Ethics under Suspicion

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Chris Rice
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Ethics under Suspicion

Post by Chris Rice » Mon Jun 11, 2018 9:09 pm

An interesting article from the Russian GM Daniil Dubov Ethics Under Suspicion. Dubov attempts to lay out some process in regard to what constitutes reasonable suspicion that a player is cheating and what might be decent deterrents. It includes a really controversial proposal where a player under suspicion becomes 'colour coded' on a sort of traffic light basis where I guess those whose status is red are observed more closely than those who are yellow.

"The second very important method is implementing a new status for players — an analogue of a ‘suspect’ in lawsuits. It is important to understand that suspicions are only suspicions: nobody imprisons suspects with no proof. Nevertheless, their status changes: they might be banned from leaving the country, might be asked to attend court hearings, etc.

A similar method should be used in chess. You can call such status however you want — you can mark level of suspicion by colours (green, yellow, redбetc.), come up with a specific term — it is not that important.

But what is important, is that the conditions of receiving a certain colour must be non-negotiable and crystal clear. For example, a certain number of received rating from 2-3 tournaments (for example, 40 points or higher); the number of tournaments in a row where a player went beyond his own rating by more than 100 ELO points (let’s say, more than two in a row); amount of won tournaments.

Such status should not cause any difficulties to the players, apart from a more thorough control. For example, they can be put in another queue for security check before they enter the playing hall, judges should be near their tables more often and be more attentive to them, etc. Clearly, none of these would interfere with the game (provided a good general organisation).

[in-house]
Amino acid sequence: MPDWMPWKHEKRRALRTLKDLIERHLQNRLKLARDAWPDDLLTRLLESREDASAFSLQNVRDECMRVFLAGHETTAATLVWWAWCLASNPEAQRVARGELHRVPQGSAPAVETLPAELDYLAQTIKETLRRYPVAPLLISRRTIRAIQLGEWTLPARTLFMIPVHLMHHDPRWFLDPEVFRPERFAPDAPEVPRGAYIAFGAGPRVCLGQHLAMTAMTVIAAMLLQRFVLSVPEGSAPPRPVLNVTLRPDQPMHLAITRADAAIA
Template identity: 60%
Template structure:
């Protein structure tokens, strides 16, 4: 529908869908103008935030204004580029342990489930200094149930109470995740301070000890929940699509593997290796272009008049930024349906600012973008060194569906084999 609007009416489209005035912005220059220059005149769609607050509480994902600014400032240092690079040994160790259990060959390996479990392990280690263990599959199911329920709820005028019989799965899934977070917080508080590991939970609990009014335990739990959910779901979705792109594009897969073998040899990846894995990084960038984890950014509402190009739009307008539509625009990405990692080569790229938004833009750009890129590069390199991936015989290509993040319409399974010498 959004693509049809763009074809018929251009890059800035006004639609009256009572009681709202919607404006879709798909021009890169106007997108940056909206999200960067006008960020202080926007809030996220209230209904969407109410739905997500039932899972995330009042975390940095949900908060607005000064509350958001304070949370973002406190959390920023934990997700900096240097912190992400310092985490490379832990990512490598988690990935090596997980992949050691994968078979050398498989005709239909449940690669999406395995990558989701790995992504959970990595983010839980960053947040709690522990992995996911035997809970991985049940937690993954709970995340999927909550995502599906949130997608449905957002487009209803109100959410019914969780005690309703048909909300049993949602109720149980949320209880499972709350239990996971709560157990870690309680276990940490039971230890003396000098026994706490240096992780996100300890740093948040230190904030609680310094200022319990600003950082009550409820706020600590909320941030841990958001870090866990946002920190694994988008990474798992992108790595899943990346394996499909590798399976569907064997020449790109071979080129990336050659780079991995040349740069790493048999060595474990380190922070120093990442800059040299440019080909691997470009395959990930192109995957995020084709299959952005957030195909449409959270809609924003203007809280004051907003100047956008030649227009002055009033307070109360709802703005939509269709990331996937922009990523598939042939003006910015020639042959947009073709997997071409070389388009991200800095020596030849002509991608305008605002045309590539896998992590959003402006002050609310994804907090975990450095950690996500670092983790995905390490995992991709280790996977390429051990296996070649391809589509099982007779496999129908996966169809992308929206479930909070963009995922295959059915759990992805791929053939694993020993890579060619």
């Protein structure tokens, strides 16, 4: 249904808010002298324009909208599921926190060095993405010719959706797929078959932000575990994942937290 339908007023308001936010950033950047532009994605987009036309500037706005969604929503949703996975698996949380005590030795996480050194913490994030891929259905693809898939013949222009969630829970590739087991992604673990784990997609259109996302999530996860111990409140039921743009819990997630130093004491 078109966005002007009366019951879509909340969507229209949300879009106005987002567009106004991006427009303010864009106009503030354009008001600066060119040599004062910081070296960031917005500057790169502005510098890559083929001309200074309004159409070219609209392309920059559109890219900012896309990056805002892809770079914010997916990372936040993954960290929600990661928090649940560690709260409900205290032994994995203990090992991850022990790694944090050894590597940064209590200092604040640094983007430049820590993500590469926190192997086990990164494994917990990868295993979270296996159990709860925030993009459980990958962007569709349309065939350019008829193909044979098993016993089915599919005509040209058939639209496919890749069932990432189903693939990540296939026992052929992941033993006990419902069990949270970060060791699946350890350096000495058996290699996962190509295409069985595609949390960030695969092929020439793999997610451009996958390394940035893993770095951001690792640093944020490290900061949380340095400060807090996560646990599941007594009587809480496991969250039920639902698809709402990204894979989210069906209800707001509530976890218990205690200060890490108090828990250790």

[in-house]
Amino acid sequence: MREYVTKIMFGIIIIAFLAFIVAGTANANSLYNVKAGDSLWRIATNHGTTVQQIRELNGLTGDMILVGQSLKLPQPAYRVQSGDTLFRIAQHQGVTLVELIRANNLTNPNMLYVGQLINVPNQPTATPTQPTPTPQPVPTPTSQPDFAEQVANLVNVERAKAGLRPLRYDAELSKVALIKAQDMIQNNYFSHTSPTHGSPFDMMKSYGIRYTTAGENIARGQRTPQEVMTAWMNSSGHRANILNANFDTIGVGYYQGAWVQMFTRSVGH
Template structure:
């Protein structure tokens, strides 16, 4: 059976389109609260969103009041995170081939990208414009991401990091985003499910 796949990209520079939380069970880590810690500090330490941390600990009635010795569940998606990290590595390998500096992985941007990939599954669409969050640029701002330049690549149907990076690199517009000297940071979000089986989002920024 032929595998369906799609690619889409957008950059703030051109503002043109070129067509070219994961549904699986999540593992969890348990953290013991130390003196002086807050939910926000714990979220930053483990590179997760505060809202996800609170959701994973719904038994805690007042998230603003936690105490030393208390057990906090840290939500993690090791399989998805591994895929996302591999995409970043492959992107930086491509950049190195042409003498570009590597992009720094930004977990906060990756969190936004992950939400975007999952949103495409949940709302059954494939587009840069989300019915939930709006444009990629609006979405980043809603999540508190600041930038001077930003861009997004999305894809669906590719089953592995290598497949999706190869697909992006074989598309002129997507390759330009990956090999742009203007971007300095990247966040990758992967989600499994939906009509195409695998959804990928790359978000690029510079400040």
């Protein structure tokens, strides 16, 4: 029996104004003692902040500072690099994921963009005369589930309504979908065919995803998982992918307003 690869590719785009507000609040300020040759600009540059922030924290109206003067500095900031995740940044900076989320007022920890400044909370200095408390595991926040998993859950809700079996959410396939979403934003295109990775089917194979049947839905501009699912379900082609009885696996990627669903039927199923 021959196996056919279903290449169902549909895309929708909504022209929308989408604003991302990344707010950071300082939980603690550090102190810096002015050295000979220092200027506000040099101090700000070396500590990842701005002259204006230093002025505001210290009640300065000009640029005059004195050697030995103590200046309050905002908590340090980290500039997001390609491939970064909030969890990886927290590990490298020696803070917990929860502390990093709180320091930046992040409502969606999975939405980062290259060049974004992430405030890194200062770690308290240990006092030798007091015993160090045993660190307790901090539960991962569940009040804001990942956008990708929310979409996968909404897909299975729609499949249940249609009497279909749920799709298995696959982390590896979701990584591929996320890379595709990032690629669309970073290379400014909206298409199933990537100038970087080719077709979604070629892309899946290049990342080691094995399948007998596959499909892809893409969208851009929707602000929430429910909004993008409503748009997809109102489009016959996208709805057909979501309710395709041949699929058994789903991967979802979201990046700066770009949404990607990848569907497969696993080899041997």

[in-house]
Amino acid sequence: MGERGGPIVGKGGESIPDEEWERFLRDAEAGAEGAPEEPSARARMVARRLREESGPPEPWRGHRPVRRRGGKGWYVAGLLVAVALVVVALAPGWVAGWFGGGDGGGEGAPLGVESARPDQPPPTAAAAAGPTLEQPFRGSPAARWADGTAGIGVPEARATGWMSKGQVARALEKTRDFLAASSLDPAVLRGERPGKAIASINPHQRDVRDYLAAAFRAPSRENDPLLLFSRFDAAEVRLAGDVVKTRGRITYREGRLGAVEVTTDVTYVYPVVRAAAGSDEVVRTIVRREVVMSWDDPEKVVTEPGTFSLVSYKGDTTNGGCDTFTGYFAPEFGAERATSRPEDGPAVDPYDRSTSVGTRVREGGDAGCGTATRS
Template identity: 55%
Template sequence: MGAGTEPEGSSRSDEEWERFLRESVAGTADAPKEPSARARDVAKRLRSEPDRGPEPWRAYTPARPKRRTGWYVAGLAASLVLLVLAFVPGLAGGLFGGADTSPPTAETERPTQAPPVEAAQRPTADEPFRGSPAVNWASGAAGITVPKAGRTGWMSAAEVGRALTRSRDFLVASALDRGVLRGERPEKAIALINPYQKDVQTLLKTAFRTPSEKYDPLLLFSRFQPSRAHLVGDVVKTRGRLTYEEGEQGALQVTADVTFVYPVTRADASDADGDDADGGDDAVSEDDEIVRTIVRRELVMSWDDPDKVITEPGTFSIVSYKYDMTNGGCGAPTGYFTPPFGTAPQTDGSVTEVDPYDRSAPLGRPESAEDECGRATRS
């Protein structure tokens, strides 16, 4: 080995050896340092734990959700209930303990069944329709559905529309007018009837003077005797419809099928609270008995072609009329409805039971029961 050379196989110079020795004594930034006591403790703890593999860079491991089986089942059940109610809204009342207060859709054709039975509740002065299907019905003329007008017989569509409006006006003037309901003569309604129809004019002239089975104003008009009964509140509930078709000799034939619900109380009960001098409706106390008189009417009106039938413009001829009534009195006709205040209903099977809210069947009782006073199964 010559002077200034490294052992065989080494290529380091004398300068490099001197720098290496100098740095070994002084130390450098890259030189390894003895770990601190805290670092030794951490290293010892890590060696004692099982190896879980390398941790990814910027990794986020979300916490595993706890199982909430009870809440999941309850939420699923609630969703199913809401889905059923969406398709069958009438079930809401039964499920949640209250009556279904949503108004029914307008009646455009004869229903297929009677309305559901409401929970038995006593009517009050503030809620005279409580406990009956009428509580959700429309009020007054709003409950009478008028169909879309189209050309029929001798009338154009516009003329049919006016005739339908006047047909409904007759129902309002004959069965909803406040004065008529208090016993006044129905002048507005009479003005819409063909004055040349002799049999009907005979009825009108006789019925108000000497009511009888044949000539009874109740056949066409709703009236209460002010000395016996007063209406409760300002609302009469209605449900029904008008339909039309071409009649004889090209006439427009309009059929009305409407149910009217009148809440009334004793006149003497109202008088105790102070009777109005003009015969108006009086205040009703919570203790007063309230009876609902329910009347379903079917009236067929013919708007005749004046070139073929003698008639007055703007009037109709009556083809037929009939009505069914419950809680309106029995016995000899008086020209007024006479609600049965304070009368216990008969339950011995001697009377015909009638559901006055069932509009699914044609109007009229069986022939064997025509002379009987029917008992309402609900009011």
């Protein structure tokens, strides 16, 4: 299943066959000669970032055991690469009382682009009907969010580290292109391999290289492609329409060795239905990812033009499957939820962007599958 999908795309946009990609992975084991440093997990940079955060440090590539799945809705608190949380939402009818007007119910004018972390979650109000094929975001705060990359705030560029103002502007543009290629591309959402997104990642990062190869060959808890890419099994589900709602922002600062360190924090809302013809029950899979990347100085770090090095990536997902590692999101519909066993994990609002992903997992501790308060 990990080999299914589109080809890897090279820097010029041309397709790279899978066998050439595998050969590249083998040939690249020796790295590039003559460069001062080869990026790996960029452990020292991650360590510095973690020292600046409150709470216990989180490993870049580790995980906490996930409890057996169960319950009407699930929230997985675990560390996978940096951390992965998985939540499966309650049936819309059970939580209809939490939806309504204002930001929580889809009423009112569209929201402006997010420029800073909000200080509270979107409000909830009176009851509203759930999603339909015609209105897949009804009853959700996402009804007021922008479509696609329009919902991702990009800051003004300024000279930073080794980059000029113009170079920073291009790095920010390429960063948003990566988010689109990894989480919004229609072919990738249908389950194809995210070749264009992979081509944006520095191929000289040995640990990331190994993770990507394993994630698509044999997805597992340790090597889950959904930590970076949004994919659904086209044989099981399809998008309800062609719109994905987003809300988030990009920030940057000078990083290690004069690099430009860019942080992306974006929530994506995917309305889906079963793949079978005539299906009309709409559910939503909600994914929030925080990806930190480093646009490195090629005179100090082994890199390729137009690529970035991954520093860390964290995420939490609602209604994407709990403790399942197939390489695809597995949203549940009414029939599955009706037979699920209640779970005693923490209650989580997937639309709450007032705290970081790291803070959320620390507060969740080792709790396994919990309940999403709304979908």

In addition, this status should be a temporary measure: just like a few brilliant performances would lead to such status, it would be taken away after a few not so successful games.

Probably, many would see this policy as too radical, but in my opinion, there is nothing wrong with it. Most famous chess players would regularly end up in a list of people with such status, however, if this would not cause them any problems — then why not? I emphasise that its main goal is not to catch cheaters (it is unlikely that people will keep cheating when they face such close attention to themselves), but to prevent and hinder it.

Undoubtedly, such policy would require a lot of preparation in terms of specificities— criteria of assignment of such status should be carefully weighed and analysed, as well as distinctive features of players from this list; however, the idea itself seems not bad to me. "

One gets the feeling with some of Dubov's suggestions the cure is worse than the disease but a valiant attempt to lay a bit of groundwork at least.

David Robertson
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Re: Ethics under Suspicion

Post by David Robertson » Mon Jun 11, 2018 9:37 pm

Yet further proof, if any were needed, that even the best chessplayers are not fit to be allowed out alone. Quite simply, they don't know enough, don't read enough, don't think enough beyond their esoteric competence. Sutor, ne ultra crepidam iudicaret

Roger Lancaster
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Re: Ethics under Suspicion

Post by Roger Lancaster » Tue Jun 12, 2018 5:22 pm

David Robertson wrote:
Mon Jun 11, 2018 9:37 pm
Yet further proof, if any were needed, that even the best chessplayers are not fit to be allowed out alone. Quite simply, they don't know enough, don't read enough, don't think enough beyond their esoteric competence. Sutor, ne ultra crepidam iudicaret
Sounds like a load of old cobblers to me.

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